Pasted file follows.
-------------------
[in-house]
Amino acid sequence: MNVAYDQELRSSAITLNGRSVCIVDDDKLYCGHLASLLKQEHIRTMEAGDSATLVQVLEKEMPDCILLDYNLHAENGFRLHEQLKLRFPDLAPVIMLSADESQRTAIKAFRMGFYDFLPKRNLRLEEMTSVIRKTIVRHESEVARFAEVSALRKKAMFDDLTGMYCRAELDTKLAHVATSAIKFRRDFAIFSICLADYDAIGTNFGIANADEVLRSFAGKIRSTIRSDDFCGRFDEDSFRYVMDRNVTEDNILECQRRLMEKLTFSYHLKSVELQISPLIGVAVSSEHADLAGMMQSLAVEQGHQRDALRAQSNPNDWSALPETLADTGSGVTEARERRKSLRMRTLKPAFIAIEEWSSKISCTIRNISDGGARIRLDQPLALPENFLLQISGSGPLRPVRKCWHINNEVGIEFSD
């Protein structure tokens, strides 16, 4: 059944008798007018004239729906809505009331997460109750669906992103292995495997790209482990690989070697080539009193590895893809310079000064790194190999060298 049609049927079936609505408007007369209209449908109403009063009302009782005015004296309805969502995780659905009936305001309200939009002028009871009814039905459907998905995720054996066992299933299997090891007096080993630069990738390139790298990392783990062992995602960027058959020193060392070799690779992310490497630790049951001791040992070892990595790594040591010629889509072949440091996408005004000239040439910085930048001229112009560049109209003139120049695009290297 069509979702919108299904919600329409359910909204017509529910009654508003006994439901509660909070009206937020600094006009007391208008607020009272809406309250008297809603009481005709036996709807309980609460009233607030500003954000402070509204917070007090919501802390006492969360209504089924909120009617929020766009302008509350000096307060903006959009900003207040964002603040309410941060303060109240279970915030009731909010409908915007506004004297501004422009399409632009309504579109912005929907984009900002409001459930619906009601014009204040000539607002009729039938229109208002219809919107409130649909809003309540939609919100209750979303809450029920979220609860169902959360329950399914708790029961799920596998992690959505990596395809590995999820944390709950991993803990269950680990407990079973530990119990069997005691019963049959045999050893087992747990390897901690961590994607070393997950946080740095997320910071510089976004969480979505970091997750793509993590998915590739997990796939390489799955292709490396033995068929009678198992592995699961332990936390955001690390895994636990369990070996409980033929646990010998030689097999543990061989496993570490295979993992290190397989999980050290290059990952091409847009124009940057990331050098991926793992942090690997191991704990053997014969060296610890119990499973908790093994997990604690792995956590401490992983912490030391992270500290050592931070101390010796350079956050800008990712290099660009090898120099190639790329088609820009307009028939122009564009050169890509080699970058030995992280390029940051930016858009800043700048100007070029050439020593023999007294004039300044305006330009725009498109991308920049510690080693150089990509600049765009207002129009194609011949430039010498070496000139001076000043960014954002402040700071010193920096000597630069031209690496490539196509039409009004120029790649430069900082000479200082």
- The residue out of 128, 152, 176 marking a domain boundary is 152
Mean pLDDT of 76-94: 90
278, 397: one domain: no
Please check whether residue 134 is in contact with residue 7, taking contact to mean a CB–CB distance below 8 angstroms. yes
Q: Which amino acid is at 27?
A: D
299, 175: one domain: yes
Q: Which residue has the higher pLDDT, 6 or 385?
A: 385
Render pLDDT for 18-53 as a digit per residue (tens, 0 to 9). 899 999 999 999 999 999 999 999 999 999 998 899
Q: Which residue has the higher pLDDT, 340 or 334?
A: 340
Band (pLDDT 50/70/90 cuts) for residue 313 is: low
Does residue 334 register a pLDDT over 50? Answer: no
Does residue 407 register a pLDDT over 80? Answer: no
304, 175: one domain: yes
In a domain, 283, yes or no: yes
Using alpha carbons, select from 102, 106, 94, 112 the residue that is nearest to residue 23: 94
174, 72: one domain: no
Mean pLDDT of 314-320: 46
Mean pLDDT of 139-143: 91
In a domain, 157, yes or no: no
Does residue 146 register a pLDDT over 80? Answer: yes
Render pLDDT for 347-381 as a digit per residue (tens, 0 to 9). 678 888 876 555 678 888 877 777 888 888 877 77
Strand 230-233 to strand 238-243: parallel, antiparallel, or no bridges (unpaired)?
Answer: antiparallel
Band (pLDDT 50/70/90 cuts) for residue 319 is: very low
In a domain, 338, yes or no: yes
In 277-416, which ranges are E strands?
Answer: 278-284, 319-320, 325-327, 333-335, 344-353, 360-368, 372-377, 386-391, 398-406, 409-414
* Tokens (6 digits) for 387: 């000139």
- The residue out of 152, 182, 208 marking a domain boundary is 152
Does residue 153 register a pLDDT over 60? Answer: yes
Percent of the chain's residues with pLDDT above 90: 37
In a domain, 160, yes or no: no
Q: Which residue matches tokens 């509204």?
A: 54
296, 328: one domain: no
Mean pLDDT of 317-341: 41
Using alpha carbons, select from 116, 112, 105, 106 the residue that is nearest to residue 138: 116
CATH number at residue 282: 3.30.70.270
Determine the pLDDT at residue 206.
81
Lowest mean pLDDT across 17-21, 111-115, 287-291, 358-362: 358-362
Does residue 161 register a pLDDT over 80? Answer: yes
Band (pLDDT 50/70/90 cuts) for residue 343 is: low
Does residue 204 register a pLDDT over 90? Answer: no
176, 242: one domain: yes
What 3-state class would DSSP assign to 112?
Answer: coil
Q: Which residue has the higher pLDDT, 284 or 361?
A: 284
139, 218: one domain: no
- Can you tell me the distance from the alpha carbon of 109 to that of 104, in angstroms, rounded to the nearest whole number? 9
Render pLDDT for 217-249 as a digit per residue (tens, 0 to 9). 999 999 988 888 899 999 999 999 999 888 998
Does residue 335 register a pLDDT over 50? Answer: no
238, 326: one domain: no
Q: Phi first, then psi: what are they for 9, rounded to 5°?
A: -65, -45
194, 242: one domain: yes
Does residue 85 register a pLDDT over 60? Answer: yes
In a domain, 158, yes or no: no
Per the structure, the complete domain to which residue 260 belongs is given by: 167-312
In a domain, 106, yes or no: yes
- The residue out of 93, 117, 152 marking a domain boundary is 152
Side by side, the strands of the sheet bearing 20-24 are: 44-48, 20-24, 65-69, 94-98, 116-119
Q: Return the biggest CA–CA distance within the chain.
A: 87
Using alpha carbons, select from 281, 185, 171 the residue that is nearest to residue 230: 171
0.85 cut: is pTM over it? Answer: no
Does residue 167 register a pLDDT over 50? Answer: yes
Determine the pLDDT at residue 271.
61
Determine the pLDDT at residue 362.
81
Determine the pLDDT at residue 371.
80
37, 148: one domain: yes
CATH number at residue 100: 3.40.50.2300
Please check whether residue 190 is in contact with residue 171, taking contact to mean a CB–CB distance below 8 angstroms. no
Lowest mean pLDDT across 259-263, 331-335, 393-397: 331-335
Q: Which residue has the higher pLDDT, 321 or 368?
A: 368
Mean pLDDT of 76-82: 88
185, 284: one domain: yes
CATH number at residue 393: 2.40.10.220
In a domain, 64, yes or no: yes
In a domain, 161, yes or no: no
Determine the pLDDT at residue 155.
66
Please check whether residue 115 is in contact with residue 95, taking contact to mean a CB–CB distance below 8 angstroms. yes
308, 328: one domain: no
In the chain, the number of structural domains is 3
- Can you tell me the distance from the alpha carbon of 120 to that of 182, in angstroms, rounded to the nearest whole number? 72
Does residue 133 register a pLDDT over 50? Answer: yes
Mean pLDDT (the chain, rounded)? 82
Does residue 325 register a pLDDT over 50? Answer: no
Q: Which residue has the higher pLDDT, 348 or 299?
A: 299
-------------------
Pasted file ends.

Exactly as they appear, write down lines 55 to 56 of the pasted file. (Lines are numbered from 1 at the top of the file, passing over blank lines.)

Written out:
A: 284
139, 218: one domain: no